These aforementioned are methods of achieving quasi-sine performance almost to :pure " sine wave standard. They are not only suitable for induction motors but are also suitable for permanent magnet motors and switched/variable reluctance motors under certain conditions of use.

F igure 4A illustrates a typical motor phase voltage for an unmodified quasi-sine voltage applied to the motor. This is shown without the shunt slew rating capacitors fitted so the current waveform in F igure 4B is dictated entirely by the motor impedances. T he voltage applied to the motor is also constant during each segment of the switching waveform. F igure 4B illustrates a typical motor current for an unmodified quasi-sine voltage typical of F igure 4A applied to motor in F igure 1 . The relationship between a fundamental frequency and harmonics of the resultant current is dependent on many variables.

To minimise the current harmonics, so as to effectively minimise torque ripple and reduce resistive losses throughout the motor system as defined in F igure 23, several techniques can be used either on their own or concurrently. The voltage amplitude of the waveform itself can be modulated with a voltage waveform that effectively attempts to null the generation of harmonic currents.

S hunt slew rate capacitors C 6, C7, C8 in F igure 2 tend to modify transitions of the voltage waveform, thus the voltage waveform (from which the motor current waveform is derived) already has a reduced harmonic content and, in combination with the motor impedances at that speed and load, the resultant current harmonics are reduced further.

Also the harmonics of the motor current can be minimised if the control of the voltage of the waveform is made to simulate the characteristics of an inductor as shown for example in F igure 22. The net effect is to provide a low pass filter in combination with the slew rate capacitors and the motor impedances. Note that this effective voltage supply impedance capability is potentially fully adjustable to give the effect of a wattless resistance, a wattless inductance and/or a wattless capacitance. Wattless in this context implies that the circuitry is capable of simulating near perfect impedance. All these parameters may be varied dynamically and may exist concurrently. For example by measuring the actual power to the motor and/or the speed/change of speed of the motor, waveform modification can be performed continuously throughout each part of the applied waveform to minimise torque ripple and harmonic motor currents.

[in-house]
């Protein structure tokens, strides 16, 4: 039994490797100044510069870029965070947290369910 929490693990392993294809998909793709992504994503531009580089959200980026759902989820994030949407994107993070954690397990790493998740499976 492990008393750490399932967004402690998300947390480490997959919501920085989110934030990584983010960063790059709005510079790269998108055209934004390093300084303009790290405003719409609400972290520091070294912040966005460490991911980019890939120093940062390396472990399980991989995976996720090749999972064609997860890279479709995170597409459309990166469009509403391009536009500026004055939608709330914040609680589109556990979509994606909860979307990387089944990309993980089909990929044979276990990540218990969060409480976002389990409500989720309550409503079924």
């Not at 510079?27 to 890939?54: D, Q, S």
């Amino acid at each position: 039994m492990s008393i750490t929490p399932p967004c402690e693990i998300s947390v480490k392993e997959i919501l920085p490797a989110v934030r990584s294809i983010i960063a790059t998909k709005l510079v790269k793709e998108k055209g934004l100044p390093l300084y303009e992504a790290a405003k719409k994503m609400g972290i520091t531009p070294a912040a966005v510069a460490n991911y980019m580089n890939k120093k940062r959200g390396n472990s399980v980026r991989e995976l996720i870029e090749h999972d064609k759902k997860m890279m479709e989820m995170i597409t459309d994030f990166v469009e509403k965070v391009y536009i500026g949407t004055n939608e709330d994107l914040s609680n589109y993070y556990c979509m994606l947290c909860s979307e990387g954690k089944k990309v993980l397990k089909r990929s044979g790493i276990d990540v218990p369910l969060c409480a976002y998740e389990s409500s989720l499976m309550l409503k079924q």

In a particularly preferred embodiment of the device its operation using pure sine waves would result in very efficient operation. However in practice, for an induction motor where there is asymmetry either in flux linkages (according to mechanical variations in relation to rotational position) or due to differences in a flux generating capability between each winding, there is the opportunity to compensate for these non-linear errors or other errors by waveform modification. Permanent magnet motors would be enhanced by this waveform modification capability and switched/variable reluctance motors even more so.

F igure 5A illustrates a typical motor phase voltage for a modified quasi-sine voltage applied to the motor at low speed. Here the voltage waveform is modified by varying the voltage of the variable voltage stage of the drive. T his voltage modification has the effect that when combined with the actual impedance of the motor, at the given speed and load, then the current drawn by the motor has a more benign waveform. This means that there are lower amplitude current harmonics in the motor. Voltage modification is relatively easy to achieve at low frequencies but becomes progressively more difficult to do at higher frequencies depending on the full power bandwidth of the variable voltage part of the drive and the maximum speed (frequency) of the drive itself.

F igure 5B illustrates a typical motor current for a modified quasi-sine voltage applied to the motor at low speed. Because the voltage applied to the motor in F igure 5A has a modified shape, the resultant motor current approximates to a sine wave or whatever shaped wave is required to obtain the desired motor current characteristics.